The Left Behinds series so far contains two different historical fiction novels with time travel adventures in which preteens must save the day. In The iPhone that Saved George Washington, three kids travel to 1776 to discover that George Washington has been shot. Can they reverse this alternate history before history is changed forever? In Abe

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Tomorrowland by Steven Kotler (New Harvest, May 2015) is a collection of previously published essays about the new frontiers available in science. The subtitle suggests that the text provides examples of how science fiction has become “science fact.” I am not a scientist, so as I read, I found myself impressed with where humankind has

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The Invisible Man by H.G. Wells (published 1897) is another fascinating science fiction look at the implications of a changing world of acceptance. The titular character in this story, Griffin, is an albino who had once studied medicine. Tired of being marginalized for his strange appearance, he undergoes medical experiments, ultimately succeeding in creating a

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The Time Machine by H.G. Wells (originally published 1895) is a short novella that, on the surface, is about a man who invents and then uses a time machine to travel 800,000 years into the future. More specifically, however, The Time Machine is about class division. In the futuristic world the Time Traveller visits, the evolved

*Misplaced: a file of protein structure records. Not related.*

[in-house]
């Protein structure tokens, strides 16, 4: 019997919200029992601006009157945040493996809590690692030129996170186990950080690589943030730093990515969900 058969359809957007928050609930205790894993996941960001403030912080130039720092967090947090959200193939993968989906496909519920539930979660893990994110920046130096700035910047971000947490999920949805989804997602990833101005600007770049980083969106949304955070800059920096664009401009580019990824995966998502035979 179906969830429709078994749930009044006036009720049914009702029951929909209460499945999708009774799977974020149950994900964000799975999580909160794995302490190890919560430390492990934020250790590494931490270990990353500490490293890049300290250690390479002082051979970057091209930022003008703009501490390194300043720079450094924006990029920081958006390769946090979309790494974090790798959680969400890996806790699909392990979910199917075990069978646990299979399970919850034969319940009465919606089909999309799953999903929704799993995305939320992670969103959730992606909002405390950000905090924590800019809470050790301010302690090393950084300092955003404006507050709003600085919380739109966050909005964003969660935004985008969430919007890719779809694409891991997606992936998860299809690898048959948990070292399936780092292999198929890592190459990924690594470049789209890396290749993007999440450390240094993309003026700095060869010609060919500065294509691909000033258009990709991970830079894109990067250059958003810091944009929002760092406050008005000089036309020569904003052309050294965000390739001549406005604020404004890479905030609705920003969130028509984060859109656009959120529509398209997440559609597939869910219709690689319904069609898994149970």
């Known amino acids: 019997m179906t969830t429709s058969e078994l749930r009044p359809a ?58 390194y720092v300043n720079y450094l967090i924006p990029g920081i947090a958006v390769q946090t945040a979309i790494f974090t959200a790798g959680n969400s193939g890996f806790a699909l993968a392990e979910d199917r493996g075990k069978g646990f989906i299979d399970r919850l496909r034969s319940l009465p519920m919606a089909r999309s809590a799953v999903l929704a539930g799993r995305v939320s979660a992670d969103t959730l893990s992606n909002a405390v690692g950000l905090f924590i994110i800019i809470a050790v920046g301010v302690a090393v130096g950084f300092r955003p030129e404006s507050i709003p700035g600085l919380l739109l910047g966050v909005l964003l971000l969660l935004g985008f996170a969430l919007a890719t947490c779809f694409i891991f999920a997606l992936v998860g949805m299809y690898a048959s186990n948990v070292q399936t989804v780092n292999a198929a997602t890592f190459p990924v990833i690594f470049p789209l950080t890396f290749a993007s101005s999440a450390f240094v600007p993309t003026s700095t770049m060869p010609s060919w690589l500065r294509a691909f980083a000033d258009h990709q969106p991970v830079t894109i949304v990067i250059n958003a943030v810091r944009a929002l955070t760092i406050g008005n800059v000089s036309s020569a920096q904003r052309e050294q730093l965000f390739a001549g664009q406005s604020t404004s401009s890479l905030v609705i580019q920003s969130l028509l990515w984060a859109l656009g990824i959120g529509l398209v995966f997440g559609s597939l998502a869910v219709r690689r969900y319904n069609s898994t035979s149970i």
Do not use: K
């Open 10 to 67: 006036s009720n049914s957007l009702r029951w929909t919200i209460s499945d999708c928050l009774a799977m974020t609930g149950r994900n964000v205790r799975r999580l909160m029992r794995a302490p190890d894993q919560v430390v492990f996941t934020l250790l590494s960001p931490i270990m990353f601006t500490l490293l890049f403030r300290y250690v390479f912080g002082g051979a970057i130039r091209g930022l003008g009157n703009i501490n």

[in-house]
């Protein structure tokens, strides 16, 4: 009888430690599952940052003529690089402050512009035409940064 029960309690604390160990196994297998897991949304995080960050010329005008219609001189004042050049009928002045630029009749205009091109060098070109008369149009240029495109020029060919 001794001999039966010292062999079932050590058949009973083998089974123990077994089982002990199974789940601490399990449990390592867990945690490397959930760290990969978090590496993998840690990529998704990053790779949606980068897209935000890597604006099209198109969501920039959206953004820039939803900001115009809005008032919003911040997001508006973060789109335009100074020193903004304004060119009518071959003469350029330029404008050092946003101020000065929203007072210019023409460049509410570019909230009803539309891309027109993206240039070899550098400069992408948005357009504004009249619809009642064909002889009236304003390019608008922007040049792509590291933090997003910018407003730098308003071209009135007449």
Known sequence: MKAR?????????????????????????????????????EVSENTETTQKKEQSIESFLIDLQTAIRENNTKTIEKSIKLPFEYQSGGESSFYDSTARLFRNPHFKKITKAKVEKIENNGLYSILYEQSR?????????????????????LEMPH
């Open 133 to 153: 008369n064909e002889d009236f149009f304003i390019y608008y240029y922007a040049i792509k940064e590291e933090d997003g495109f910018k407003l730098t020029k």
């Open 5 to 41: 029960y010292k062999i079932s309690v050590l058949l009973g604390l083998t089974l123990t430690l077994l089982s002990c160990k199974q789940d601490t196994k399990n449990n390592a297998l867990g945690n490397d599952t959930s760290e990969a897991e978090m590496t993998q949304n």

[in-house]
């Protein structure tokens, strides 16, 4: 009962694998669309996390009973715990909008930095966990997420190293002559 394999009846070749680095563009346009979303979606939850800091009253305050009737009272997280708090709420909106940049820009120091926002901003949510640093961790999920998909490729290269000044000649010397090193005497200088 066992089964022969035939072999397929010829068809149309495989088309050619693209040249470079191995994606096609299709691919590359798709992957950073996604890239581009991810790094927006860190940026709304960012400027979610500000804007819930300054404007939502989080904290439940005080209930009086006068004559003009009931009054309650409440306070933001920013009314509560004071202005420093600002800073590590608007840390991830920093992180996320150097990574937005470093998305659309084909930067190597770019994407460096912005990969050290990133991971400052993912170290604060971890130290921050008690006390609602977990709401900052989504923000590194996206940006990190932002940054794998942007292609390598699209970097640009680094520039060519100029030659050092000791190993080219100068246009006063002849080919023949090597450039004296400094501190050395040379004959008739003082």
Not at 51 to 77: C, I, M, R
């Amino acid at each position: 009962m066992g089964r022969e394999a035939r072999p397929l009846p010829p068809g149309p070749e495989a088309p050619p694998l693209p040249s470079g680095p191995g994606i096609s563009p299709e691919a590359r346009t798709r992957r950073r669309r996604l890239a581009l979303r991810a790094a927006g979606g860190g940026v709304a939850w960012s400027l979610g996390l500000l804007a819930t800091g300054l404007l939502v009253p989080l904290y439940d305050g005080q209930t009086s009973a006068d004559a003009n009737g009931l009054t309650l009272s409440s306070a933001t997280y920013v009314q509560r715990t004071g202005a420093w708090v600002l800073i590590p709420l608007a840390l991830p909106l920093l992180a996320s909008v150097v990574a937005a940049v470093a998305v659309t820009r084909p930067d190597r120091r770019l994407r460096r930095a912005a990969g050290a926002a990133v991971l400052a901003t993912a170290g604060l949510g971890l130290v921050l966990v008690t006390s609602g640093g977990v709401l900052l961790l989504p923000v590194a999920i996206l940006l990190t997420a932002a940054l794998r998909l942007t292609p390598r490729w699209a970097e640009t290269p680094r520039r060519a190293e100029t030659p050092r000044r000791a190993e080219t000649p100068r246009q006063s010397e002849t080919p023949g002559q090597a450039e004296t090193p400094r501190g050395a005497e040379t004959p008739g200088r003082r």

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Supposedly, Jules Verne is, in France, considered a “travel and adventure” writer, and is considered one of the great French authors, along with Zola, Hugo, and Dumas. Although I don’t consider him one of the greatest authors I’ve read, I have no doubt that Jules Verne is a great author, and well deserving of his

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In Kindred by Octavia Butler (1979), a modern black woman’s ancestors haunt her, calling her back to them for assistance. Dana comes to terms with her own family’s history and comes to understand firsthand just what her predecessors dealt with. Kindred is not a pleasant story. After all, it deals with slavery and the question

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After reading both Crime and Punishment and The Three Musketeers this month, I really needed something quick and easy, engaging, and yet unique to catch my attention and give myself a break from the excellent but long masterworks my mind has been wrestling for the past three or four weeks. The Invention of Morel by

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